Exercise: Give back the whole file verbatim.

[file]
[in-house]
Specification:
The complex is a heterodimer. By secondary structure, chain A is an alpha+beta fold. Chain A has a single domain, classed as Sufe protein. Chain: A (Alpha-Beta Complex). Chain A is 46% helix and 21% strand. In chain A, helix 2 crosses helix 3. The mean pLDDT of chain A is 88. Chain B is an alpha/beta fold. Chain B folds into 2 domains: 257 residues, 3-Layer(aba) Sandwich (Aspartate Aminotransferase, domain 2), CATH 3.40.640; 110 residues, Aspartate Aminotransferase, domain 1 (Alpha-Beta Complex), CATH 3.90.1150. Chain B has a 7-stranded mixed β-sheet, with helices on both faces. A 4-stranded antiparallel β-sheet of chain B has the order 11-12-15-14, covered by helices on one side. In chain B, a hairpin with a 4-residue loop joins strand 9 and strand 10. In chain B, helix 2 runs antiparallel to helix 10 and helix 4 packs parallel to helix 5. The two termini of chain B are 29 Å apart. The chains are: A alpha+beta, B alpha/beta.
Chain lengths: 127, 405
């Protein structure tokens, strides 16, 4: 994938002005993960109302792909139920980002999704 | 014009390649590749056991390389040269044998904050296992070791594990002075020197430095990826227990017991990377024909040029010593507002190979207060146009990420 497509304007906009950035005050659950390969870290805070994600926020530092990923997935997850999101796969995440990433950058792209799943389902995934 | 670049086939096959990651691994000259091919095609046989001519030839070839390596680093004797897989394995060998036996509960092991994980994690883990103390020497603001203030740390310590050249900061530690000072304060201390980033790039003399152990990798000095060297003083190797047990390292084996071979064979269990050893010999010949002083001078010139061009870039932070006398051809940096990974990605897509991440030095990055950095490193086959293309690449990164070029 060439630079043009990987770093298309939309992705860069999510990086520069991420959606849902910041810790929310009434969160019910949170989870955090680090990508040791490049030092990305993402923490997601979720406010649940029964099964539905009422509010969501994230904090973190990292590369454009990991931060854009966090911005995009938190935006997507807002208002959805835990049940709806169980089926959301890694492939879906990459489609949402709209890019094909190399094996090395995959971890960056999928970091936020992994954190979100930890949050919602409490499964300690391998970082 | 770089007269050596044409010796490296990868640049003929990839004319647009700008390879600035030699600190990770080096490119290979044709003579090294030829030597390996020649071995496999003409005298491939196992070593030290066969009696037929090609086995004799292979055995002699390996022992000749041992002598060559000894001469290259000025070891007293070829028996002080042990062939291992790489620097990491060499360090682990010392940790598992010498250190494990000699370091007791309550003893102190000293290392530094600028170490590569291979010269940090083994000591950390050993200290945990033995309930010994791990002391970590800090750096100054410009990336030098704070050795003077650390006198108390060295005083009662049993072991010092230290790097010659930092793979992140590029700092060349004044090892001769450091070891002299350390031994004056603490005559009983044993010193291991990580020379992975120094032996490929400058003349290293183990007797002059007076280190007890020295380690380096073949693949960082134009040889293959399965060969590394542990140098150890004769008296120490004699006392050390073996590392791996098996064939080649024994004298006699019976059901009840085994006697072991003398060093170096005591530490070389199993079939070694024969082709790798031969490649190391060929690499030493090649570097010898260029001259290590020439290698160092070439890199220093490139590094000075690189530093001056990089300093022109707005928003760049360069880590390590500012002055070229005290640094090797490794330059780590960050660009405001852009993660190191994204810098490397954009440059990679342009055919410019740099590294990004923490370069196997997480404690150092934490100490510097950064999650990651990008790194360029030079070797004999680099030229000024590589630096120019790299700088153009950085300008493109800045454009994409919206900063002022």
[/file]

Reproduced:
[in-house]
Specification:
The complex is a heterodimer. By secondary structure, chain A is an alpha+beta fold. Chain A has a single domain, classed as Sufe protein. Chain: A (Alpha-Beta Complex). Chain A is 46% helix and 21% strand. In chain A, helix 2 crosses helix 3. The mean pLDDT of chain A is 88. Chain B is an alpha/beta fold. Chain B folds into 2 domains: 257 residues, 3-Layer(aba) Sandwich (Aspartate Aminotransferase, domain 2), CATH 3.40.640; 110 residues, Aspartate Aminotransferase, domain 1 (Alpha-Beta Complex), CATH 3.90.1150. Chain B has a 7-stranded mixed β-sheet, with helices on both faces. A 4-stranded antiparallel β-sheet of chain B has the order 11-12-15-14, covered by helices on one side. In chain B, a hairpin with a 4-residue loop joins strand 9 and strand 10. In chain B, helix 2 runs antiparallel to helix 10 and helix 4 packs parallel to helix 5. The two termini of chain B are 29 Å apart. The chains are: A alpha+beta, B alpha/beta.
Chain lengths: 127, 405
């Protein structure tokens, strides 16, 4: 994938002005993960109302792909139920980002999704 | 014009390649590749056991390389040269044998904050296992070791594990002075020197430095990826227990017991990377024909040029010593507002190979207060146009990420 497509304007906009950035005050659950390969870290805070994600926020530092990923997935997850999101796969995440990433950058792209799943389902995934 | 670049086939096959990651691994000259091919095609046989001519030839070839390596680093004797897989394995060998036996509960092991994980994690883990103390020497603001203030740390310590050249900061530690000072304060201390980033790039003399152990990798000095060297003083190797047990390292084996071979064979269990050893010999010949002083001078010139061009870039932070006398051809940096990974990605897509991440030095990055950095490193086959293309690449990164070029 060439630079043009990987770093298309939309992705860069999510990086520069991420959606849902910041810790929310009434969160019910949170989870955090680090990508040791490049030092990305993402923490997601979720406010649940029964099964539905009422509010969501994230904090973190990292590369454009990991931060854009966090911005995009938190935006997507807002208002959805835990049940709806169980089926959301890694492939879906990459489609949402709209890019094909190399094996090395995959971890960056999928970091936020992994954190979100930890949050919602409490499964300690391998970082 | 770089007269050596044409010796490296990868640049003929990839004319647009700008390879600035030699600190990770080096490119290979044709003579090294030829030597390996020649071995496999003409005298491939196992070593030290066969009696037929090609086995004799292979055995002699390996022992000749041992002598060559000894001469290259000025070891007293070829028996002080042990062939291992790489620097990491060499360090682990010392940790598992010498250190494990000699370091007791309550003893102190000293290392530094600028170490590569291979010269940090083994000591950390050993200290945990033995309930010994791990002391970590800090750096100054410009990336030098704070050795003077650390006198108390060295005083009662049993072991010092230290790097010659930092793979992140590029700092060349004044090892001769450091070891002299350390031994004056603490005559009983044993010193291991990580020379992975120094032996490929400058003349290293183990007797002059007076280190007890020295380690380096073949693949960082134009040889293959399965060969590394542990140098150890004769008296120490004699006392050390073996590392791996098996064939080649024994004298006699019976059901009840085994006697072991003398060093170096005591530490070389199993079939070694024969082709790798031969490649190391060929690499030493090649570097010898260029001259290590020439290698160092070439890199220093490139590094000075690189530093001056990089300093022109707005928003760049360069880590390590500012002055070229005290640094090797490794330059780590960050660009405001852009993660190191994204810098490397954009440059990679342009055919410019740099590294990004923490370069196997997480404690150092934490100490510097950064999650990651990008790194360029030079070797004999680099030229000024590589630096120019790299700088153009950085300008493109800045454009994409919206900063002022």